Race's roles

Remember when Barack ObamaBarack Hussein ObamaOvernight Energy: EPA declines to write new rule for toxic spills | Senate blocks move to stop Obama water rule | EPA bought 'tactical' pants and polos Clarifying the power of federal agencies could offer Trump a lasting legacy Dems allow separation of parents, children to continue, just to score political points MORE wasn’t “black enough”?

All year the rap on Obama was that he wasn’t — that his supporters were white, better-educated Democrats with better incomes and that Hillary ClintonHillary Diane Rodham ClintonSessions says FBI agent Peter Strzok no longer has his security clearance Melania Trump puzzles with 'I really don't care' jacket Grassley wants to subpoena Comey, Lynch after critical IG report MORE had a lock on the all-important black vote, ultimately a key to victory in the Democratic primary. A year ago Clinton enjoyed 60 percent of the black vote to Obama’s 20, according to a Washington Post/ABC News poll. The New York Times reported on the disparity, asking, “Why are some black voters so uneasy about Sen. Barack Obama?”

The tide has turned now, and Obama commands the same majority Clinton once did. Blacks were Obama’s greatest doubters and didn’t come around until he won the opening contest of the presidential race in the 93 percent white state of Iowa. Recent polls show that, with 60 percent of black voters choosing Obama, those voters now believe one of their own could become president of the United States.

But with this, Obama is now dubbed “the black candidate.” Dick Morris, our fellow columnist and blogger, wrote this week that winning South Carolina could hurt Obama by creating a racial subtext. “Watching blacks bloc-vote for Obama will trigger a white backlash that will help Hillary win Florida and prevail the week after,” he said.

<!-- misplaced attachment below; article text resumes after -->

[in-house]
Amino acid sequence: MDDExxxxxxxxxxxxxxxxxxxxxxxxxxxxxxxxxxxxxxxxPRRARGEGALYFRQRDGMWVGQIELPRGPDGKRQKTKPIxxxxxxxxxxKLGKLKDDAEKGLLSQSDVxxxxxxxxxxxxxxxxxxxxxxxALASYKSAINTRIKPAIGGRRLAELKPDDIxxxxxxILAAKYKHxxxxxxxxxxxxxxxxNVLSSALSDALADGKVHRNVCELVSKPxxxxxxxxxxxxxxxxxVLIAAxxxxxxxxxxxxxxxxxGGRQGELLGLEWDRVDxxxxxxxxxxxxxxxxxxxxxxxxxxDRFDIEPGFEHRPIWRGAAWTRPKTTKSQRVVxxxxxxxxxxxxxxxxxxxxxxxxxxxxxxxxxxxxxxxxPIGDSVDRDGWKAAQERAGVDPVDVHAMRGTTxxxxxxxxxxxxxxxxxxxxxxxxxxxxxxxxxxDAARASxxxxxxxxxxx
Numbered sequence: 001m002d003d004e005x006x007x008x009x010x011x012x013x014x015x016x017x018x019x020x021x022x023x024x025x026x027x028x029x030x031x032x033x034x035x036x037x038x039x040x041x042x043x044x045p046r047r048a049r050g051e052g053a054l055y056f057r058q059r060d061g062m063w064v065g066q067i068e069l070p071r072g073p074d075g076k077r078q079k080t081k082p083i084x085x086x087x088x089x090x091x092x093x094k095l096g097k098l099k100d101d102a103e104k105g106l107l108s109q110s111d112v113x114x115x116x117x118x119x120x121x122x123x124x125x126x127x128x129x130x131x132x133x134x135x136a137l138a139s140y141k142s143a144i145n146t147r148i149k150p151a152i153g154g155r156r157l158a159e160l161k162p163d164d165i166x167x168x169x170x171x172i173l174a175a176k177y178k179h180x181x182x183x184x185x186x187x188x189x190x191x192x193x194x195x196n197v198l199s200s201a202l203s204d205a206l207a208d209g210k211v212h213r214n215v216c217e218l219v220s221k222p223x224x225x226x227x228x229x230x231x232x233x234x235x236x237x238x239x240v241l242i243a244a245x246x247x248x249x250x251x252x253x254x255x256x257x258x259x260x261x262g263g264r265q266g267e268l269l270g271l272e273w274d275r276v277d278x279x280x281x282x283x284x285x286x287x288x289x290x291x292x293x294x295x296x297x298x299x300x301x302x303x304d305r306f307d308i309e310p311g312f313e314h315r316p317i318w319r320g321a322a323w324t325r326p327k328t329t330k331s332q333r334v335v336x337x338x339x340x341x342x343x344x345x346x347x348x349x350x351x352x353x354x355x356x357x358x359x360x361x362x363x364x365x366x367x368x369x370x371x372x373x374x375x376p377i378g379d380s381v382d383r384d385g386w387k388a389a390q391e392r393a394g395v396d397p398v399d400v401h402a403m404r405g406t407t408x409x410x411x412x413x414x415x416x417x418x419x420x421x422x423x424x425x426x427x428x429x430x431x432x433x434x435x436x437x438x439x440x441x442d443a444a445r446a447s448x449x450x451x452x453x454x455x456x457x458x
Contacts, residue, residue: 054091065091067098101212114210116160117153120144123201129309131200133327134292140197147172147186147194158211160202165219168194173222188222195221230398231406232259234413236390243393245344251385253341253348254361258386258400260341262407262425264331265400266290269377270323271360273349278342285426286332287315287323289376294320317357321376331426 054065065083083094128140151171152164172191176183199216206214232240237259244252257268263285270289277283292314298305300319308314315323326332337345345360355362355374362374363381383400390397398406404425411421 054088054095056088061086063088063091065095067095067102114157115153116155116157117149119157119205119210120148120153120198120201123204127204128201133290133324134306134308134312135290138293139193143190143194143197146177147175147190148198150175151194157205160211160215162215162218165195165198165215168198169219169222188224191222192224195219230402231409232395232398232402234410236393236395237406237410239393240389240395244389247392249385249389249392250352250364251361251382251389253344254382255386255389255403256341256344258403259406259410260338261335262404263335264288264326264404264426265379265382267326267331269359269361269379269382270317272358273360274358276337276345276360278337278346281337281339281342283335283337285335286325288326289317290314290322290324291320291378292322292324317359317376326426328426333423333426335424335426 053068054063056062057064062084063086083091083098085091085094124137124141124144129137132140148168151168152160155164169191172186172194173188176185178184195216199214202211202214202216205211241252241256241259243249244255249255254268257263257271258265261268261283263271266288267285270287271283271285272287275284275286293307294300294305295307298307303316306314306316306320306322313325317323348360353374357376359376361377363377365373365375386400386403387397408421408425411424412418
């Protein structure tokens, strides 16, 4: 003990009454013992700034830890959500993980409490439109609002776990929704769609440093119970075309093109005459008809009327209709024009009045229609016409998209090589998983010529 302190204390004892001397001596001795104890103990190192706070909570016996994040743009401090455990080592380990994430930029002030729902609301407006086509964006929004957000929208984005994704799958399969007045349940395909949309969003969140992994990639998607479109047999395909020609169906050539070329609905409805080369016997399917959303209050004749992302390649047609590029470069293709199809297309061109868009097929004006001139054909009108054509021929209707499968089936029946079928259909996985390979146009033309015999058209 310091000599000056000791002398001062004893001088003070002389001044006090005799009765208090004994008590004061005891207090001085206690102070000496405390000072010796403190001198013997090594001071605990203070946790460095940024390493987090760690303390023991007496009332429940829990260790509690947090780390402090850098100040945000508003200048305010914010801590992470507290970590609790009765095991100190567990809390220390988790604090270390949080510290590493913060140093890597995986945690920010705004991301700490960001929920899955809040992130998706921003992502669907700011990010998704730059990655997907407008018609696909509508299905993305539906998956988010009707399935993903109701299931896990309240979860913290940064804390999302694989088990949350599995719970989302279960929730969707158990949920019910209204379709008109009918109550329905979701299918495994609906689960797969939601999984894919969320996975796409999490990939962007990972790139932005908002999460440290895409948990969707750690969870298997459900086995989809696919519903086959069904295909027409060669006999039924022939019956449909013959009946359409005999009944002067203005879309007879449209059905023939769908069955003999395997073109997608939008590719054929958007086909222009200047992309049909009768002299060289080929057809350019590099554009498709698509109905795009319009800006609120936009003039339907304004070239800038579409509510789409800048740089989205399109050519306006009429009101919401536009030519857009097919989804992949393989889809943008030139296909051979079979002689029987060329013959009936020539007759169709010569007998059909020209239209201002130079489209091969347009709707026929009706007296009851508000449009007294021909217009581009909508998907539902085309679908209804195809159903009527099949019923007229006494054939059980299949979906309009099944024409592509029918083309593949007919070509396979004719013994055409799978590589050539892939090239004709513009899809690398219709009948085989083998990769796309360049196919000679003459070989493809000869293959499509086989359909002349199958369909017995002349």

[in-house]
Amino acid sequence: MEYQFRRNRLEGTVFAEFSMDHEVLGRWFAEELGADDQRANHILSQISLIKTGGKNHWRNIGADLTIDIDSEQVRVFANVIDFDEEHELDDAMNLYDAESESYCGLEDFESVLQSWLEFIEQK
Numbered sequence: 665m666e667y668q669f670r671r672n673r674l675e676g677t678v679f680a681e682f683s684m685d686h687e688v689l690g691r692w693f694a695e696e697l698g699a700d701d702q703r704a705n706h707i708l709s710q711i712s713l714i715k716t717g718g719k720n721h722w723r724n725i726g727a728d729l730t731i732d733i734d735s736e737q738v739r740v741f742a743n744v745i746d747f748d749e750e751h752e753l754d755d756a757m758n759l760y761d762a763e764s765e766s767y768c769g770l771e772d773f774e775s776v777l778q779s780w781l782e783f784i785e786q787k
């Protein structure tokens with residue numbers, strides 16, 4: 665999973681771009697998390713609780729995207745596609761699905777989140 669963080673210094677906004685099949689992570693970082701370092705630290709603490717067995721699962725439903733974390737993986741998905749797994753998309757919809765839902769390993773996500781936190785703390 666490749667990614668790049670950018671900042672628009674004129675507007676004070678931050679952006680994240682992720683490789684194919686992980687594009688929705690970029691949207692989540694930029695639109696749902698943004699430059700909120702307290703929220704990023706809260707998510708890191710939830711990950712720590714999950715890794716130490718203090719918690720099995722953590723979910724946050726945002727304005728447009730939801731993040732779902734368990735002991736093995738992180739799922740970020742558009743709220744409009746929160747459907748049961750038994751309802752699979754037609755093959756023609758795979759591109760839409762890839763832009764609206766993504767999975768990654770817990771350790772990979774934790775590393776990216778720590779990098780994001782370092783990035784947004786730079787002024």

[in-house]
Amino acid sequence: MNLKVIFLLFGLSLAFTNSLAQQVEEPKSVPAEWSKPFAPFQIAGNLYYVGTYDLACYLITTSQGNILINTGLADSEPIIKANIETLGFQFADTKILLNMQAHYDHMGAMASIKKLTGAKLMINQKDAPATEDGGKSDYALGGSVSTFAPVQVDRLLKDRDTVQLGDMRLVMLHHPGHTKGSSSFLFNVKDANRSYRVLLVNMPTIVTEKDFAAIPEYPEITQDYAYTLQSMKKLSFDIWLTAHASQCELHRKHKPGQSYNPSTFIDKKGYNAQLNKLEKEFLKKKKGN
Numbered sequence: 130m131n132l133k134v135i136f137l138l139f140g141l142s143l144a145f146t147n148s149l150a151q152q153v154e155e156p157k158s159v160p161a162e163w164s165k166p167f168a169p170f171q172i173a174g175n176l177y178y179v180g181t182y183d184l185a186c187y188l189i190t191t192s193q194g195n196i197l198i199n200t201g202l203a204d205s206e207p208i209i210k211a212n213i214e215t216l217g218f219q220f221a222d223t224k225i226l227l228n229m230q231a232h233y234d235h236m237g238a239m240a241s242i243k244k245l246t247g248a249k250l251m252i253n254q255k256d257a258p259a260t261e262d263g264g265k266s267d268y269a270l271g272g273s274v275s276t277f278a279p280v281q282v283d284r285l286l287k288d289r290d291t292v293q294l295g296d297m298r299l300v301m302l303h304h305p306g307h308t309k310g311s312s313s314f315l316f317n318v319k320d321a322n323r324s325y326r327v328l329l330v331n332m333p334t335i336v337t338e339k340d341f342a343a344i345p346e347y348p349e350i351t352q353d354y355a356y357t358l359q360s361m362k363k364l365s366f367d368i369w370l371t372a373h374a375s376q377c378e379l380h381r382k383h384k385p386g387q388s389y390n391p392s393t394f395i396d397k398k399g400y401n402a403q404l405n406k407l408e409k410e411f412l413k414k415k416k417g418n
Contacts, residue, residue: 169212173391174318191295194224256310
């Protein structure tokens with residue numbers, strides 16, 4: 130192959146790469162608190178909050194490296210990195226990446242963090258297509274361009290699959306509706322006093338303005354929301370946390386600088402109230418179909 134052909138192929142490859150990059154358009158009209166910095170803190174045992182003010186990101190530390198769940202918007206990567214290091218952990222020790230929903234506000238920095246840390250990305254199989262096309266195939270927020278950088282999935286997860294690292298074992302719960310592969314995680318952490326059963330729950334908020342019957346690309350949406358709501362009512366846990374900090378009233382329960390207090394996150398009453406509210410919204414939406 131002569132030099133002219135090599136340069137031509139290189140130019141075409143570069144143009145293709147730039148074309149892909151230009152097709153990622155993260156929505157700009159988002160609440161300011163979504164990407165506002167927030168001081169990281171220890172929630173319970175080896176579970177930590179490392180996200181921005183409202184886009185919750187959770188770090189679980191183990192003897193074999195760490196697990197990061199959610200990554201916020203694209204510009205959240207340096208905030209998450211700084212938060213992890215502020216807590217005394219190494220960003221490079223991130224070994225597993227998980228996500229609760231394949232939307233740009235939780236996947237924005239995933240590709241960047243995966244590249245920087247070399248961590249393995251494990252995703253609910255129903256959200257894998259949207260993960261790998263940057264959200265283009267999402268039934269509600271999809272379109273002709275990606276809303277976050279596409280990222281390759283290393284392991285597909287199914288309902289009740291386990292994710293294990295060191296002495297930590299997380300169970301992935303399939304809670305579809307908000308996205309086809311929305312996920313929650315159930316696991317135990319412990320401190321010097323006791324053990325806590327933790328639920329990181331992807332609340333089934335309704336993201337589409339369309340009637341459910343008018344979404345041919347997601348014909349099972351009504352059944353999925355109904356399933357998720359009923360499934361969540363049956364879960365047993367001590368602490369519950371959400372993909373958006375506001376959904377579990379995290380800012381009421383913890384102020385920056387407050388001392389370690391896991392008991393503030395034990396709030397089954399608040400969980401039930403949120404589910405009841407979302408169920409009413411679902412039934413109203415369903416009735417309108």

Morris is no radical here; his theory is the new conventional wisdom — that Clinton benefits and ultimately wins by appealing to Hispanics and whites after Obama’s South Carolina victory is defined by black support.

Let’s be clear: We are talking about a candidate whose message is completely inclusive, who has attracted new young voters, independent and Republicans to his coalition and who says nothing remotely divisive about whites, blacks or anybody. Just what, exactly, is the reason Democrats would turn from Obama now that he has black support: a fear that, as their nominee, Obama might show up to debate his GOP opponent wearing a Malcolm X T-shirt? Obama should be no more electable to white Democrats if he wins only with their votes than if he wins with both black and white votes.

Should Morris’s prediction come true, then we all must ask if Democrats are as racist as they would like us to believe Republicans are. If Colin Powell, a black Republican, were running for president and receiving more black support than his opponent, would his own party paint him as “the black candidate”?

African-Americans should not support Obama because he is black, just as women shouldn’t support Clinton solely because she is a woman. The Obama candidacy has divided blacks everywhere on the merits, because of the strength of Clinton’s candidacy. But black Clinton supporters should be worried about a “black candidate” narrative and the devastating setback that would result from white voters fleeing Obama.

As I watched the CNN debate Monday night the camera showed two members of the Congressional Black Caucus (CBC) who support Clinton bursting into applause when she got her slum landlord comment out about Anthony Rezko. Sure, Obama started the back-and-forth with his “gotcha” comment about her serving on the board of Wal-Mart. But there was something telling about the CBC members’ delighting in the slap-down moment, especially since one of them had wavered long before choosing Clinton over Obama. When I spoke to that member earlier this year about the struggle of that decision, I could not have imagined any such delight.

After Clinton or Obama wins the party’s nomination, Democrats face a wrenching internal debate about what happened.

Stoddard is an associate editor of The Hill.